Tri-County Peak is a small peak located along Park City Ridge
at the eastern end of Big Cottonwood Canyon
in the Central Wasatch Mountains
, Utah. It sits on the southern most corner of Park City Mountain Resort
(PCMR). Tri-County Peak stands at around 10, 027 and the actual summit lies on the corner of three counties: Summit, Wasatch, and Salt Lake Counties. That is obviously how this peak got its name.
All though this is a relatively high mountain, Tri-County Peak is humbled by its nearby neighbor Clayton Peak
. None-the-less, this peak is still a fun hike. As they say, its the view that matters. Although there are no lifts directly going to the top of this peak, there is a ski lift a couple hundred yards below the summit. From the top, you have excellent views of Big Cottonwood Canyon, Park City, PCMR, Clayton Peak, Mount Wolverine and many other Wasatch Peaks.
Also, if your climbing this peak, you could consider climbing Clayton Peak, 10, 420, Jupiter Hill
, and Scott Hill. All these peak are relatively close to Tri-County Peak.
Name Discrepancy: This is not an officially named USGS Peak. The names I have heard this peak are Tri-County Peak, Jupiter Bowl Hill, and Jupiter Peak. I believe Tri-County Peak seems to be a more fitting name for this peak then the other two. Tri-County Peak reaches the 300ft+ rule for prominence by having 306ft of prominence.
If anybody has anymore information regarding the actual name of this peak please let me know.
View towards Mount Wolverine. Devil's Castle can be seen in the distance
Camping is a little tricky in this area. Your almost better off doing this peak as a day hike. The reason why its a little tricky is that there is alot of private property that dots this whole area. If you are going to camp, be sure to not camp on any private land. Rumor has it that the land owners are not very forgiving, even to hikers. Anything that is not on private land is open to camping.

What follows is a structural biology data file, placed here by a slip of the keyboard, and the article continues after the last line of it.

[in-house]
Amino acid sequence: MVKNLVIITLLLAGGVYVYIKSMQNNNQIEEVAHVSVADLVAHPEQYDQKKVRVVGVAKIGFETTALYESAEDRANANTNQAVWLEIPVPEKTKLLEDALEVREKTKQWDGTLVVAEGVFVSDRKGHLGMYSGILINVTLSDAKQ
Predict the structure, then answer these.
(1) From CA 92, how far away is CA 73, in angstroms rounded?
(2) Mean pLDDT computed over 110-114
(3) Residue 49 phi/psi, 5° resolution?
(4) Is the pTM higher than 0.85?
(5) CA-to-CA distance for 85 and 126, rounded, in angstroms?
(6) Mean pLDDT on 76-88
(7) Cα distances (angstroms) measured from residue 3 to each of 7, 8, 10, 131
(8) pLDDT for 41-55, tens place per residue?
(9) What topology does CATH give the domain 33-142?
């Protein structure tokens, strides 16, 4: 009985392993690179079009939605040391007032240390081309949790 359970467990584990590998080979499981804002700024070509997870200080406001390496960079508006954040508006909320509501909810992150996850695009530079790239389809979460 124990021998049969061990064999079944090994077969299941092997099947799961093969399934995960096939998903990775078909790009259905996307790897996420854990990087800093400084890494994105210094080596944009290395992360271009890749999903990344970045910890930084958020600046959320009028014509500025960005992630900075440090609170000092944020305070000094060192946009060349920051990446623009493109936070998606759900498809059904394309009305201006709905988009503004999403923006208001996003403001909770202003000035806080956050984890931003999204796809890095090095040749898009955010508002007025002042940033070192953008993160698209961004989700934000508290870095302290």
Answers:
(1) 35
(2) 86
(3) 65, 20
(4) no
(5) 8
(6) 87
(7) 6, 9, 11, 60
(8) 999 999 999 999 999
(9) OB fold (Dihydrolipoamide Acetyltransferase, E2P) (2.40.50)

Clayton Peak view from the summit
The road through Guardsman Pass Road will not be plowed in the winter past Pine Canyon Road and right after Brighton Ski Resort, so that would make for a longer approach.
Also, since it is within bounds of PCMR, a lift pass would probably be necessary during the winter months.
There is LOTS of private property around and be sure to stay off or if you have to pass thru someone lands, try to spend as little time on it as possible.
All in all, this is a better summer hike versus a winter one unless of course you are staying at PCMR.
for additional information.
No dogs are allowed in this area either. The reason being is that much of this area serves as a watershed to the Weber River.
RoutesJupiter Peak via Guardmans Pass
- In the summer months, I would recomend starting right at Guardsman Pass (Shortest route to Jupiter Peak). If your coming from Park City, there will be a turnout on the left side of the pass. If your coming from Big Cottonwood Canyon the turnout will be on the right. From here, by following many of the little trails, its a straight shot to the peak. Its less then half a mile round trip if you head straight up along the ridge to the peak.